“People generally use the term ‘constitutional crisis’ to describe periods when institutions of government are clearly in conflict,” Levinson and Balkin wrote. “But the mere existence of conflict, even profound conflict, cannot be the definition of crisis. … Conflict in a constitutional system is not a bug—it is a feature.”
Levinson and Balkin also make a distinction between “political” and “constitutional” crises, arguing that the Watergate scandal and the impeachment of Bill Clinton are best described as the former. Richard Nixon, for example, arguably had the authority to fire the Watergate special prosecutor and eventually complied with a Supreme Court order to hand over the Watergate tapes. “Nevertheless, it could easily have become a constitutional crisis at several points if Nixon had publicly stated (which he never did during his presidency) that he sought deliberately to go beyond his powers under the Constitution,” they explained.
Constitutional crises, Levinson and Balkin wrote, should be understood “not in terms of constitutional disagreement but in terms of constitutional design.” And there are three types of design failure:
1) Political leaders flagrantly violate the constitution, typically justifying the power grab as a response to an emergency that the constitution isn’t designed to address.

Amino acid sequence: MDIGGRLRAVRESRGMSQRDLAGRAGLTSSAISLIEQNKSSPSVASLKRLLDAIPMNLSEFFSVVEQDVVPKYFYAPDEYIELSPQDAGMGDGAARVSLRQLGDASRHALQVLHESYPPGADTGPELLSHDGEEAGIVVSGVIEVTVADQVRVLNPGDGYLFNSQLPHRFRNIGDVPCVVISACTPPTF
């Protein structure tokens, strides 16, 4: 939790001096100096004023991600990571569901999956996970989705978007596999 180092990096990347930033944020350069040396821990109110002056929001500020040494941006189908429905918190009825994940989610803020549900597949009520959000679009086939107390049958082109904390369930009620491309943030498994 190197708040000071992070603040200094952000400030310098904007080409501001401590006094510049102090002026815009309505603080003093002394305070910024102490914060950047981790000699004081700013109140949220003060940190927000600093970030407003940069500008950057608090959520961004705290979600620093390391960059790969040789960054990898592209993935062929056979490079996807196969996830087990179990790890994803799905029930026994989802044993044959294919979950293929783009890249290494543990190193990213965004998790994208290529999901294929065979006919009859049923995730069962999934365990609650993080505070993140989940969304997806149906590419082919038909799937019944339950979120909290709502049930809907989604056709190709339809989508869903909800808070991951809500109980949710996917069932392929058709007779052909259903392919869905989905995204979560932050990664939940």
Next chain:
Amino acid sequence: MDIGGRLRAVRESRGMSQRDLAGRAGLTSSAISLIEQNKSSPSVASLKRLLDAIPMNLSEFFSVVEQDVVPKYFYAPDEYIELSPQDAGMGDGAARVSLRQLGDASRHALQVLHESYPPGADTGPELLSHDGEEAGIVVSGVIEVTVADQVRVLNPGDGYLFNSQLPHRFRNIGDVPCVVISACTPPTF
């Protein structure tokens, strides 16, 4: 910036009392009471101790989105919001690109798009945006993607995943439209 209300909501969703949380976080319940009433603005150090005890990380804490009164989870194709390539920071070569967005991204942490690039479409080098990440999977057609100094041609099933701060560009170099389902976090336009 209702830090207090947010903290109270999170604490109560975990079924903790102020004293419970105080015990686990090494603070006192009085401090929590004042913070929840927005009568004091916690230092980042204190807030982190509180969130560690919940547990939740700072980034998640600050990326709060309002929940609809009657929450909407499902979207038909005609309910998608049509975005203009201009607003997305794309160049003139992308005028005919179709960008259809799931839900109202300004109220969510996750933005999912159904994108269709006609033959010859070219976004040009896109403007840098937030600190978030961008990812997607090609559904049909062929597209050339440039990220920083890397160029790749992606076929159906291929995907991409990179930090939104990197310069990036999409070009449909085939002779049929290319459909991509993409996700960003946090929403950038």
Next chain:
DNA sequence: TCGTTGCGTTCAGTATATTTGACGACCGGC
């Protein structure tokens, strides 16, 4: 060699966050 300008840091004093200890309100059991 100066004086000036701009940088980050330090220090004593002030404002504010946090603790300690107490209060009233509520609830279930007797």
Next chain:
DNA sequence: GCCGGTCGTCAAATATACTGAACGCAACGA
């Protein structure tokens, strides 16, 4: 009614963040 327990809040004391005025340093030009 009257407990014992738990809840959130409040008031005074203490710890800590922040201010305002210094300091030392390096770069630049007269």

2) Political leaders faithfully follow constitutional provisions even though the provisions are badly designed, leading to disaster or political paralysis.
3) People or government institutions disagree so intensely on how to interpret the constitution that the struggle surpasses ordinary political conflict; the government might, for instance, use force to stifle mass protests.
Comey’s dismissal is not a constitutional crisis, argued Steve Levitsky, a professor of government at Harvard who recently co-authored an article in Foreign Affairs on why American democracy could erode during Donald Trump’s presidency. “Trump was completely within his constitutional bounds in doing what he did.”
When Ecuadorean President Rafael Correa effectively fired 57 opposition lawmakers, when judges loyal to Venezuelan President Nicolas Maduro stripped the country’s legislature of its powers, when former Peruvian President Alberto Fujimori wiped out rival branches of government—these were genuine constitutional crises, Levitsky, who specializes in comparative Latin American politics, told me.
Such clear-cut constitutional crises are the exception, however, according to Gretchen Helmke, a political scientist at the University of Rochester and co-director of the democracy-monitoring group Bright Line Watch. The recent impeachment of Brazilian President Dilma Rousseff, for example, was considered a subversion of democracy by her supporters and a sign of a well-functioning democracy by her critics—a situation that might have resulted in a Type 3 constitutional crisis had the standoff escalated.